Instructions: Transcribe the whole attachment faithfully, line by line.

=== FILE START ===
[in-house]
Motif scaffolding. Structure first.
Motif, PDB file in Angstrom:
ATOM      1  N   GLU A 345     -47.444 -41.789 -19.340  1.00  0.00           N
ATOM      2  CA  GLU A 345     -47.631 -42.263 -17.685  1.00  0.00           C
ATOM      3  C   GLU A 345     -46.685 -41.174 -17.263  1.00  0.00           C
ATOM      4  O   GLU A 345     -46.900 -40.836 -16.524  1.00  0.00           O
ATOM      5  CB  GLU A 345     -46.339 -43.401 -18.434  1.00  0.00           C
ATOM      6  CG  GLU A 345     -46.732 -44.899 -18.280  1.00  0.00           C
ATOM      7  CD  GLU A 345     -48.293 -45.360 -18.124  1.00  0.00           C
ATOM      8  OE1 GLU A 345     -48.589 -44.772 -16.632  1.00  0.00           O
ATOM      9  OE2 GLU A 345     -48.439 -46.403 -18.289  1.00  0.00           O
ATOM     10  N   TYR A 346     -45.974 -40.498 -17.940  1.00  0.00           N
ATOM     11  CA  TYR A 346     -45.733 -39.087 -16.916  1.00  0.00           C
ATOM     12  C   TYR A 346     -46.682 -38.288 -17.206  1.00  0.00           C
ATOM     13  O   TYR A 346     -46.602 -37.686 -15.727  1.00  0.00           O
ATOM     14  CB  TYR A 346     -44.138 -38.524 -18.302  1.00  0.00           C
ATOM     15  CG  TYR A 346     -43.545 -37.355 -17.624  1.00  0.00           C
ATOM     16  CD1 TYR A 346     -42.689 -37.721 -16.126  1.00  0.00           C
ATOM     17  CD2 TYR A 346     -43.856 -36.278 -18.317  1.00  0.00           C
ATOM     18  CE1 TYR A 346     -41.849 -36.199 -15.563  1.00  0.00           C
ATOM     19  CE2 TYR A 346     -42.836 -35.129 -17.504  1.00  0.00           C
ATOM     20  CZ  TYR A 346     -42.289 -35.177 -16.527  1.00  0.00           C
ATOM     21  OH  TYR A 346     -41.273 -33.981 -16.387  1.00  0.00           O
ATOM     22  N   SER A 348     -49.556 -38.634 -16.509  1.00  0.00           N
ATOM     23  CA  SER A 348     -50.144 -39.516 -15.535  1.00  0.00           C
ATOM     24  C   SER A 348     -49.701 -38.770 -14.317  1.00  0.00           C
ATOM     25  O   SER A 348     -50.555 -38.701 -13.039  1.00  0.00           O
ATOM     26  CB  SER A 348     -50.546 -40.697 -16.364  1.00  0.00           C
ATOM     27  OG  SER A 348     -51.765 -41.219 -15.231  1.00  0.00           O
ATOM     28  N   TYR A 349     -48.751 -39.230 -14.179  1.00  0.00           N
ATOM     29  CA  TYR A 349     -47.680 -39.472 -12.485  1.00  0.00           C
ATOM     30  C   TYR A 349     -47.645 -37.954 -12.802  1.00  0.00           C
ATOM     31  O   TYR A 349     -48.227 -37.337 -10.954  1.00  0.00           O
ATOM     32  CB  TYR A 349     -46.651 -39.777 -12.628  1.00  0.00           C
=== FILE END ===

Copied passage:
[in-house]
Motif scaffolding. Structure first.
Motif, PDB file in Angstrom:
ATOM      1  N   GLU A 345     -47.444 -41.789 -19.340  1.00  0.00           N
ATOM      2  CA  GLU A 345     -47.631 -42.263 -17.685  1.00  0.00           C
ATOM      3  C   GLU A 345     -46.685 -41.174 -17.263  1.00  0.00           C
ATOM      4  O   GLU A 345     -46.900 -40.836 -16.524  1.00  0.00           O
ATOM      5  CB  GLU A 345     -46.339 -43.401 -18.434  1.00  0.00           C
ATOM      6  CG  GLU A 345     -46.732 -44.899 -18.280  1.00  0.00           C
ATOM      7  CD  GLU A 345     -48.293 -45.360 -18.124  1.00  0.00           C
ATOM      8  OE1 GLU A 345     -48.589 -44.772 -16.632  1.00  0.00           O
ATOM      9  OE2 GLU A 345     -48.439 -46.403 -18.289  1.00  0.00           O
ATOM     10  N   TYR A 346     -45.974 -40.498 -17.940  1.00  0.00           N
ATOM     11  CA  TYR A 346     -45.733 -39.087 -16.916  1.00  0.00           C
ATOM     12  C   TYR A 346     -46.682 -38.288 -17.206  1.00  0.00           C
ATOM     13  O   TYR A 346     -46.602 -37.686 -15.727  1.00  0.00           O
ATOM     14  CB  TYR A 346     -44.138 -38.524 -18.302  1.00  0.00           C
ATOM     15  CG  TYR A 346     -43.545 -37.355 -17.624  1.00  0.00           C
ATOM     16  CD1 TYR A 346     -42.689 -37.721 -16.126  1.00  0.00           C
ATOM     17  CD2 TYR A 346     -43.856 -36.278 -18.317  1.00  0.00           C
ATOM     18  CE1 TYR A 346     -41.849 -36.199 -15.563  1.00  0.00           C
ATOM     19  CE2 TYR A 346     -42.836 -35.129 -17.504  1.00  0.00           C
ATOM     20  CZ  TYR A 346     -42.289 -35.177 -16.527  1.00  0.00           C
ATOM     21  OH  TYR A 346     -41.273 -33.981 -16.387  1.00  0.00           O
ATOM     22  N   SER A 348     -49.556 -38.634 -16.509  1.00  0.00           N
ATOM     23  CA  SER A 348     -50.144 -39.516 -15.535  1.00  0.00           C
ATOM     24  C   SER A 348     -49.701 -38.770 -14.317  1.00  0.00           C
ATOM     25  O   SER A 348     -50.555 -38.701 -13.039  1.00  0.00           O
ATOM     26  CB  SER A 348     -50.546 -40.697 -16.364  1.00  0.00           C
ATOM     27  OG  SER A 348     -51.765 -41.219 -15.231  1.00  0.00           O
ATOM     28  N   TYR A 349     -48.751 -39.230 -14.179  1.00  0.00           N
ATOM     29  CA  TYR A 349     -47.680 -39.472 -12.485  1.00  0.00           C
ATOM     30  C   TYR A 349     -47.645 -37.954 -12.802  1.00  0.00           C
ATOM     31  O   TYR A 349     -48.227 -37.337 -10.954  1.00  0.00           O
ATOM     32  CB  TYR A 349     -46.651 -39.777 -12.628  1.00  0.00           C